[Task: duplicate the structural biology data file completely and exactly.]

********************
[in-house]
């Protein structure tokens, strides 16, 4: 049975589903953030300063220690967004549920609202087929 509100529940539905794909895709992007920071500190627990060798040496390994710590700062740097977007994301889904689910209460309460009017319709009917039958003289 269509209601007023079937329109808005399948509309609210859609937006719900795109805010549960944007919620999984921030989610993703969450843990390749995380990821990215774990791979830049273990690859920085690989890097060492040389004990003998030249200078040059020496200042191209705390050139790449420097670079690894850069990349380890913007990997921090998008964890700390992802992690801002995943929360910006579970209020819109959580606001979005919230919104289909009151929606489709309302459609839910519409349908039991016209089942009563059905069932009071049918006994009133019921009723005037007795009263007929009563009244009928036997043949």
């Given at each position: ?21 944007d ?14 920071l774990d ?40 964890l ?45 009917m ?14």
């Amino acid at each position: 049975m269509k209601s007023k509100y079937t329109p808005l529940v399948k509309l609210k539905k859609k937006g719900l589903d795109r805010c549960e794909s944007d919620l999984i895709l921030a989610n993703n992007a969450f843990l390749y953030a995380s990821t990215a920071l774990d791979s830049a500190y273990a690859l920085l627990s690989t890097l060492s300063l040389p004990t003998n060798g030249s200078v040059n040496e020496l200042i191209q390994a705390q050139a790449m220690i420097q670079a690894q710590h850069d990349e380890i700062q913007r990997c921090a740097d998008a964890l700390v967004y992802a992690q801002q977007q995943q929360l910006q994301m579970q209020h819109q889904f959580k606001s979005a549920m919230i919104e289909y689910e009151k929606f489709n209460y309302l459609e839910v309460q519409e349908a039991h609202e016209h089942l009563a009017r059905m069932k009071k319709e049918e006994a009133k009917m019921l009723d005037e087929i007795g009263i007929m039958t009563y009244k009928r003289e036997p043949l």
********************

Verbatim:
[in-house]
């Protein structure tokens, strides 16, 4: 049975589903953030300063220690967004549920609202087929 509100529940539905794909895709992007920071500190627990060798040496390994710590700062740097977007994301889904689910209460309460009017319709009917039958003289 269509209601007023079937329109808005399948509309609210859609937006719900795109805010549960944007919620999984921030989610993703969450843990390749995380990821990215774990791979830049273990690859920085690989890097060492040389004990003998030249200078040059020496200042191209705390050139790449420097670079690894850069990349380890913007990997921090998008964890700390992802992690801002995943929360910006579970209020819109959580606001979005919230919104289909009151929606489709309302459609839910519409349908039991016209089942009563059905069932009071049918006994009133019921009723005037007795009263007929009563009244009928036997043949």
């Given at each position: ?21 944007d ?14 920071l774990d ?40 964890l ?45 009917m ?14």
């Amino acid at each position: 049975m269509k209601s007023k509100y079937t329109p808005l529940v399948k509309l609210k539905k859609k937006g719900l589903d795109r805010c549960e794909s944007d919620l999984i895709l921030a989610n993703n992007a969450f843990l390749y953030a995380s990821t990215a920071l774990d791979s830049a500190y273990a690859l920085l627990s690989t890097l060492s300063l040389p004990t003998n060798g030249s200078v040059n040496e020496l200042i191209q390994a705390q050139a790449m220690i420097q670079a690894q710590h850069d990349e380890i700062q913007r990997c921090a740097d998008a964890l700390v967004y992802a992690q801002q977007q995943q929360l910006q994301m579970q209020h819109q889904f959580k606001s979005a549920m919230i919104e289909y689910e009151k929606f489709n209460y309302l459609e839910v309460q519409e349908a039991h609202e016209h089942l009563a009017r059905m069932k009071k319709e049918e006994a009133k009917m019921l009723d005037e087929i007795g009263i007929m039958t009563y009244k009928r003289e036997p043949l």